The medicine blanket
Monday October 23rd 2006, 8:12 pm
Filed under: Knit

First, the boring (to my non-knitting friends; you guys just go skip to after the gap) technical stuff: someone posted on KnitTalk today with the question of, how could she use the 200 yards of cashmere she’d just splurged on to get a scarf out of it?

One of the good things about lace is that a goodly part of what you’re creating is air spaces, so that a little yarn can be stretched a long way. Obviously, that’s more true with some patterns than others. This one is simply knitted with right side rows alternating between k2tog, yo, across, and the next one, ssk, yo across. I cast on an odd number of stitches, and one of the right side rows started with a knit one stitch, the other one ended with a knit one stitch. For specifics, go check out Donna Druchunas’s blog when she posts this picture of one of my scarves. For beginners: k2tog is, of course, knit two stitches together; ssk means slip the next stitch as if to knit, repeat with the next one, then put the left side needle into the fronts of those two stitches and knit them that way.
These two different ways to decrease slant in opposite directions and create a balanced effect. If you just do one of them throughout the scarf, you create a biased fabric that won’t hang straight.

Now for the story part: the backdrop is a handwoven placemat in wool created by my friend Robert, a handweaver who lives near Santa Cruz. Robert later wove me a six-foot-long navy wool blanket in the tradition of the Native American medicine blanket: with each passing of the shuttle, he was wishing me good health and well-being, at a time my lupus and dysautonomia were flaring badly last spring. When he finished, we met halfway between our homes at Karen Brayton-McFall’s shop, The Rug and Yarn Hut in Campbell, which I believe is where he’d bought the yarn for it. All those hours and hours of work! It was a tremendously humbling experience for me, and I was absolutely thrilled. It was a beautiful piece of work. Such a generous offer of caring for a fellow being. Mindboggling. I found myself running my fingers over the bumps in the fabric where the weft yarn ran over and under the warp, again and again, so different from the way yarn feels as it comes off my needles. Sturdy. Solid. Strong. It was the perfect representation of the man who’d made it.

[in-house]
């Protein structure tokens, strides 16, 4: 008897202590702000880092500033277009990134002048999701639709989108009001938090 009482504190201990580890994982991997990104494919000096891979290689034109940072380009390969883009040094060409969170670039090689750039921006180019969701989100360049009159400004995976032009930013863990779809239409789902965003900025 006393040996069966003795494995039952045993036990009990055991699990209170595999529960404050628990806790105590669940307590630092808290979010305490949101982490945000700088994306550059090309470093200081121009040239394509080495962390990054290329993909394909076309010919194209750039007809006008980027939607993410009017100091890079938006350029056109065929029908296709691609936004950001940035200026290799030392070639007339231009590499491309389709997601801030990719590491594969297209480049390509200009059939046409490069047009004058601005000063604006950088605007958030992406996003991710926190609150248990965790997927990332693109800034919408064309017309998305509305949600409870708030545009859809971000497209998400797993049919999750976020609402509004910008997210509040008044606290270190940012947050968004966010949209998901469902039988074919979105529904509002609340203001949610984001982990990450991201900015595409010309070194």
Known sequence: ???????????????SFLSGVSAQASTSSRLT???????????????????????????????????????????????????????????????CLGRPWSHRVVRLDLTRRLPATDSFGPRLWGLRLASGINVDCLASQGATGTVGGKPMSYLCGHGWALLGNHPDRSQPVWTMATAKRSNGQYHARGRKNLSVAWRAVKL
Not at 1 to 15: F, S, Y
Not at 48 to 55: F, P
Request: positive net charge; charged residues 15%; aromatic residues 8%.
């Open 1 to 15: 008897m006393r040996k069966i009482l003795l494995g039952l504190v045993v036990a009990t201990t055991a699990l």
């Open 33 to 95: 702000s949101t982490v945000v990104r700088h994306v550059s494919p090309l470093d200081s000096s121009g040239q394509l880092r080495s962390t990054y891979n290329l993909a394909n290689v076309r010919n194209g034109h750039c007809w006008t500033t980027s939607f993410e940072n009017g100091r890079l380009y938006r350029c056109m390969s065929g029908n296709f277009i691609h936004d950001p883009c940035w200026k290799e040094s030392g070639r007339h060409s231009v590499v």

That night, I had a blood-pressure crash that woke me up and I couldn’t move or breathe. I had had experiences like this before, but this was one of the very worst ever, and I wasn’t sure I could live much longer if it didn’t let up. Very soon.

And I was immediately angry (if you think I’m a nice person, just don’t wake me up at 3 am, it’ll totally blow my cover): You stupid body! After all his hard work! How dare you give out on me now! How could you make it so he’ll feel like a failure, that the medicine of his caring wasn’t enough, after he put heart and soul and time into wishing me well, someone he didn’t even know well!

As if anybody who ever died passed because the people who desperately wanted them to live somehow had failed them? Yeah right. Gimme a great big break.

But that shot of adrenalin from that anger kicked my lungs back alive, and I suddenly devoured air. I could breathe again!

I didn’t immediately realize it. But when I did, it was so obvious: I went back to Robert and told him that his gift had been powerful medicine indeed. The timing! If he hadn’t given it to me that day… I don’t know…

And ever since, it has been my knitting companion. Even when we had a massive heat wave this past July, I kept it under my toes on the footrest as I knitted away and then, when the evening San Francisco fogbank rolled in, I would move it up and pull it over me. Still do. Always will. My medicine blanket; how could I not thrive, with all that it means to me?

Weaving, knitting, cooking, walking through a park together, being a doctor, being a nurse’s assistant: it doesn’t matter how we give of our time and our hearts. What matters is that we do.


17 Comments so far
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wow! what a powerful story.
i strongly believe in the power of intention while creating. i attempt to put thoughts in everything i do.

Comment by pippi 10.24.06 @ 4:55 am

Of all the knitting blogs that I read – and I was introduced to the genre by the YarnHarlot over a year ago – yours is one I check EVERY day. There is so much of yourself here, and I must say it’s a very nice “self”. Best wishes and prayers for your recovery.